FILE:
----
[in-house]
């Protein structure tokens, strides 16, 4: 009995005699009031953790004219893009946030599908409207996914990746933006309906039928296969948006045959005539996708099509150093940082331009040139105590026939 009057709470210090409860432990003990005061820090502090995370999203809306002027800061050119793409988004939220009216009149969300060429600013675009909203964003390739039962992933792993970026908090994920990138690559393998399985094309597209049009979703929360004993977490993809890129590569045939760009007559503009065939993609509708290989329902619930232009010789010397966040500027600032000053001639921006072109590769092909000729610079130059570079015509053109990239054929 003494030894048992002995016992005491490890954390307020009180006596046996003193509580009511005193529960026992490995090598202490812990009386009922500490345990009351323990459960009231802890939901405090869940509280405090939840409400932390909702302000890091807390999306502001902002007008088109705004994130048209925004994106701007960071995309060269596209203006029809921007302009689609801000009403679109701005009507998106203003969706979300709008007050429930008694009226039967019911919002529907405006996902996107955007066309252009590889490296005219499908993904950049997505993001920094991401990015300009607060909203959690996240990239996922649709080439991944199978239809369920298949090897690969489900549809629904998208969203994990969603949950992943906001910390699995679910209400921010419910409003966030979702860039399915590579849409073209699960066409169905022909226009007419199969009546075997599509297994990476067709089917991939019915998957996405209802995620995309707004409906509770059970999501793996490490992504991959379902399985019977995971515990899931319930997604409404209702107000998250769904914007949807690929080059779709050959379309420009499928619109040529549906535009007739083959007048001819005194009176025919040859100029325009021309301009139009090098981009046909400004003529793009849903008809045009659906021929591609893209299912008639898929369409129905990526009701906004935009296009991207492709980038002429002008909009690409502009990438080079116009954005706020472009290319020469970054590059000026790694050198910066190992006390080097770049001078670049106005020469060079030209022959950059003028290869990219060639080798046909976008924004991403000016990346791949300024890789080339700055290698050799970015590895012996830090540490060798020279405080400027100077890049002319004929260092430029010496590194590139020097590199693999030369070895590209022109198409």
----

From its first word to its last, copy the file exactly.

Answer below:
[in-house]
């Protein structure tokens, strides 16, 4: 009995005699009031953790004219893009946030599908409207996914990746933006309906039928296969948006045959005539996708099509150093940082331009040139105590026939 009057709470210090409860432990003990005061820090502090995370999203809306002027800061050119793409988004939220009216009149969300060429600013675009909203964003390739039962992933792993970026908090994920990138690559393998399985094309597209049009979703929360004993977490993809890129590569045939760009007559503009065939993609509708290989329902619930232009010789010397966040500027600032000053001639921006072109590769092909000729610079130059570079015509053109990239054929 003494030894048992002995016992005491490890954390307020009180006596046996003193509580009511005193529960026992490995090598202490812990009386009922500490345990009351323990459960009231802890939901405090869940509280405090939840409400932390909702302000890091807390999306502001902002007008088109705004994130048209925004994106701007960071995309060269596209203006029809921007302009689609801000009403679109701005009507998106203003969706979300709008007050429930008694009226039967019911919002529907405006996902996107955007066309252009590889490296005219499908993904950049997505993001920094991401990015300009607060909203959690996240990239996922649709080439991944199978239809369920298949090897690969489900549809629904998208969203994990969603949950992943906001910390699995679910209400921010419910409003966030979702860039399915590579849409073209699960066409169905022909226009007419199969009546075997599509297994990476067709089917991939019915998957996405209802995620995309707004409906509770059970999501793996490490992504991959379902399985019977995971515990899931319930997604409404209702107000998250769904914007949807690929080059779709050959379309420009499928619109040529549906535009007739083959007048001819005194009176025919040859100029325009021309301009139009090098981009046909400004003529793009849903008809045009659906021929591609893209299912008639898929369409129905990526009701906004935009296009991207492709980038002429002008909009690409502009990438080079116009954005706020472009290319020469970054590059000026790694050198910066190992006390080097770049001078670049106005020469060079030209022959950059003028290869990219060639080798046909976008924004991403000016990346791949300024890789080339700055290698050799970015590895012996830090540490060798020279405080400027100077890049002319004929260092430029010496590194590139020097590199693999030369070895590209022109198409």